Doubling Up

by Paul Verity

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Doubling Up begins in the French Quarter with a day in the life of a young lawyer named Matt Durant gone horribly awry: after a few beers, Matt works up the courage to visit a gay bar. There he meets a stranger named Joey Buckner. When Matt and Joey duck into an alley behind the bar to take a leak, three drunks happen on the pair, beat up Joey, and force Matt to attack one of the men. Matt is thrown in Orleans Parish Prison and has to call his boss for help, which forces him out of the closet.  The book then follows the course of Matt’s subsequent trial and its consequences.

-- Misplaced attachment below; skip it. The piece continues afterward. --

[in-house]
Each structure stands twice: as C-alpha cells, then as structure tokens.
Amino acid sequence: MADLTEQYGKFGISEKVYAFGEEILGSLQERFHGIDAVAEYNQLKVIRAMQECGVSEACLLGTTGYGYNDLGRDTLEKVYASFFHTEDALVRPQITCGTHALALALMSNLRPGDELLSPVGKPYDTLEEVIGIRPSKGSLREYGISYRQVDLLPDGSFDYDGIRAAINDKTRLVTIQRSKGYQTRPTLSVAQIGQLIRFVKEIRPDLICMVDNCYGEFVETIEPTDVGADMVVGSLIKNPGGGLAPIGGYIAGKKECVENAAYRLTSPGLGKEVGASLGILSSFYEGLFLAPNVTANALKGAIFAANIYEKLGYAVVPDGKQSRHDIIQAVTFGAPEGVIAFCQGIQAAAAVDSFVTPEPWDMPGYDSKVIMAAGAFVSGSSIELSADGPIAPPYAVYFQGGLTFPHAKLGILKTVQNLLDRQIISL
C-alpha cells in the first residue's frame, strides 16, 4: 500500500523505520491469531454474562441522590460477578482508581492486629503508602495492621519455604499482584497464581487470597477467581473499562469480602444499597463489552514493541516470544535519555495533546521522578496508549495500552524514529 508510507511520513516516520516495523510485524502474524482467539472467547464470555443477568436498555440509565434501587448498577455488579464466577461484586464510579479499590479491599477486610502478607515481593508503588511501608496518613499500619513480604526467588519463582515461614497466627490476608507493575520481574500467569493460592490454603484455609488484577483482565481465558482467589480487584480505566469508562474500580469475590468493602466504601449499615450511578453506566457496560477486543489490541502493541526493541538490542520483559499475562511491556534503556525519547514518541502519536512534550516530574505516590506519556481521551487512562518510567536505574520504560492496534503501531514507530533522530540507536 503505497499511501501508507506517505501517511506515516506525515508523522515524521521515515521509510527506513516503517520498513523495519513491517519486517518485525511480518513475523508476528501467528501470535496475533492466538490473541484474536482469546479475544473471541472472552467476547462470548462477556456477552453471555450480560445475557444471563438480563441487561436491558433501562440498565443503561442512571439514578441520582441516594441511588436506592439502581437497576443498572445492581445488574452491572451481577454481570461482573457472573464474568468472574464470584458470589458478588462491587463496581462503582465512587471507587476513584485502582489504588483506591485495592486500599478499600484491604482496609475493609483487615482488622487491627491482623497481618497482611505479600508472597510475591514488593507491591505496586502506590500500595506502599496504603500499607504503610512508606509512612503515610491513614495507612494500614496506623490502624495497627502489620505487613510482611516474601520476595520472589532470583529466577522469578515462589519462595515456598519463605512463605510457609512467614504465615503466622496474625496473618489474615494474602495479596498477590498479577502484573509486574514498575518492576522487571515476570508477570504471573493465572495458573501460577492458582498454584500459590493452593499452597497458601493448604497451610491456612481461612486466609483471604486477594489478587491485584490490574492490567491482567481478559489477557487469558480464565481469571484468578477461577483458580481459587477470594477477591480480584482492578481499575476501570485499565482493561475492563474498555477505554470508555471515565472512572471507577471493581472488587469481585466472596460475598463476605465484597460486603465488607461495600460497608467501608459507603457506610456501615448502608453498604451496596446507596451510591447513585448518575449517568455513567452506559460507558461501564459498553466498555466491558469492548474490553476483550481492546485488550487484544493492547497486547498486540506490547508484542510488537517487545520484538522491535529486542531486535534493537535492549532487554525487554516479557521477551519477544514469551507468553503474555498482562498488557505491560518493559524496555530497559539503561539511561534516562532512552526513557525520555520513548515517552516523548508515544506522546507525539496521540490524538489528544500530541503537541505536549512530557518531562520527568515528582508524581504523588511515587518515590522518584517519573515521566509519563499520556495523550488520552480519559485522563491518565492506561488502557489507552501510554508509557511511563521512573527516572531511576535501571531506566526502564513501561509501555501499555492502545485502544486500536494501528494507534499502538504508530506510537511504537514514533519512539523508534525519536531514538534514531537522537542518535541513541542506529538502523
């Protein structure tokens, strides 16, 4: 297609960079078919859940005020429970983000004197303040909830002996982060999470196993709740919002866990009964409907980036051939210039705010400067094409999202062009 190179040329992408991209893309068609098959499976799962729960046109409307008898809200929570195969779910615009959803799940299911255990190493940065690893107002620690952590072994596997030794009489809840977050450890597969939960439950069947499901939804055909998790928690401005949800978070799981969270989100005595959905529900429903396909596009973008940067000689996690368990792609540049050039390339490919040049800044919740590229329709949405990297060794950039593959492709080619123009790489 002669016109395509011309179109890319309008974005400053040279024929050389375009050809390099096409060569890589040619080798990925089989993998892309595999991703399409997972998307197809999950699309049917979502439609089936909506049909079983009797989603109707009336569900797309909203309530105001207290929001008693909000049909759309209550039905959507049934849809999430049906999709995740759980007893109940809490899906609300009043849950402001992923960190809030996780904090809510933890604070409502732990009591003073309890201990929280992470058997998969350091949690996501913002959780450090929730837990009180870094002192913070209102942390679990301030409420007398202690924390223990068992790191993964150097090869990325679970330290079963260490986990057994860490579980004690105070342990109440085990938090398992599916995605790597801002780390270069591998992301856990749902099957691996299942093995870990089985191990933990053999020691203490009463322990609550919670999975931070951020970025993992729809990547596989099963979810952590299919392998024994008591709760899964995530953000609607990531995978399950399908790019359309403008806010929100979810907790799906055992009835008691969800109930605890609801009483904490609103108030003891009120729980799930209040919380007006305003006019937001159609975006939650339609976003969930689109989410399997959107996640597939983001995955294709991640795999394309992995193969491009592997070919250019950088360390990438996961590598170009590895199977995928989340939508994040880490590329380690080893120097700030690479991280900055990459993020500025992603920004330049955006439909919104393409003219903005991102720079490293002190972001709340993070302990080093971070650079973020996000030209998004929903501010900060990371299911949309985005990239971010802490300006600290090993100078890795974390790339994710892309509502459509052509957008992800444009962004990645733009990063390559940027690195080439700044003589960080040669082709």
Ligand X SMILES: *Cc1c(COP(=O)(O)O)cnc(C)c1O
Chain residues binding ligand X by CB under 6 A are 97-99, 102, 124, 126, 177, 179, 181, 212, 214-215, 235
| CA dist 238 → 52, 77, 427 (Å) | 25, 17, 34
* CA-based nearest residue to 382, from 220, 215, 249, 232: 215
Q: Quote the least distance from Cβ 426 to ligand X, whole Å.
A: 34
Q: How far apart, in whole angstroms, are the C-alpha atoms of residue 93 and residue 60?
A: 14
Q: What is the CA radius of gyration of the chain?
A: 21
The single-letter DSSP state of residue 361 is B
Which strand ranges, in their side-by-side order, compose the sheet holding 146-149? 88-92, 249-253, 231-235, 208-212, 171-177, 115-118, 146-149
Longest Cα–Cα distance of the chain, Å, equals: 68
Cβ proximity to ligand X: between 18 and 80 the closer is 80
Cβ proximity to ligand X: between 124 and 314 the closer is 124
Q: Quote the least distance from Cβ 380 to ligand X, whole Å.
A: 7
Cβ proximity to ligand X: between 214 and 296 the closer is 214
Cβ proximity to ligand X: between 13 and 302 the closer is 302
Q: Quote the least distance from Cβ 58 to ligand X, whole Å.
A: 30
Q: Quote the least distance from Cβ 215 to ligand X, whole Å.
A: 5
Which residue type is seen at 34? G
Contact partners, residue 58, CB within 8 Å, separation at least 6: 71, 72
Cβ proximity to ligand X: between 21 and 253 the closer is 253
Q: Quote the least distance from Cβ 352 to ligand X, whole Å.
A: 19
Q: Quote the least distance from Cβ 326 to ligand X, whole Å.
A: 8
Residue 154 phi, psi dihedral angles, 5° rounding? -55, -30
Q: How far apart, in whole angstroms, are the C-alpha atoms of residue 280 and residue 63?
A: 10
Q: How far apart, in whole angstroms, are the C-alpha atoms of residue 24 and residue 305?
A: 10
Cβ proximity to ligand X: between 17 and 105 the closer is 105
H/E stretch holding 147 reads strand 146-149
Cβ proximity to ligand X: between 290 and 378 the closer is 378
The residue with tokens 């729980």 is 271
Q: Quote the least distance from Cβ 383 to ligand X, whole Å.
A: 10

Paul Verity grew up in the deep South and was always interested by the history of the movement for the civil rights of African-Americans.  An avid reader from childhood, Verity first conceived Doubling Up in college as a novel about an interracial relationship.  In his travels around the country throughout the course of his education and employment, Verity became more aware of the contemporaneous struggle for gay rights.  Doubling Up is an amalgamation of themes from those two separate struggles for civil rights and invites the reader to compare and contrast the two.  As a practicing lawyer, Verity also hopes that he has stripped any unnecessary legalese from the underlying constitutional debate and made it more accessible to the interested, lay reader.  At the same time, Verity does not shy away from fully developing the legal proceedings and issues and hopes that Doubling Up will appeal to the same audience that enjoys the sort of gritty legal realism found on television series such as the various Law and Order programs.  Verity enjoys reading and watching college football in his spare time.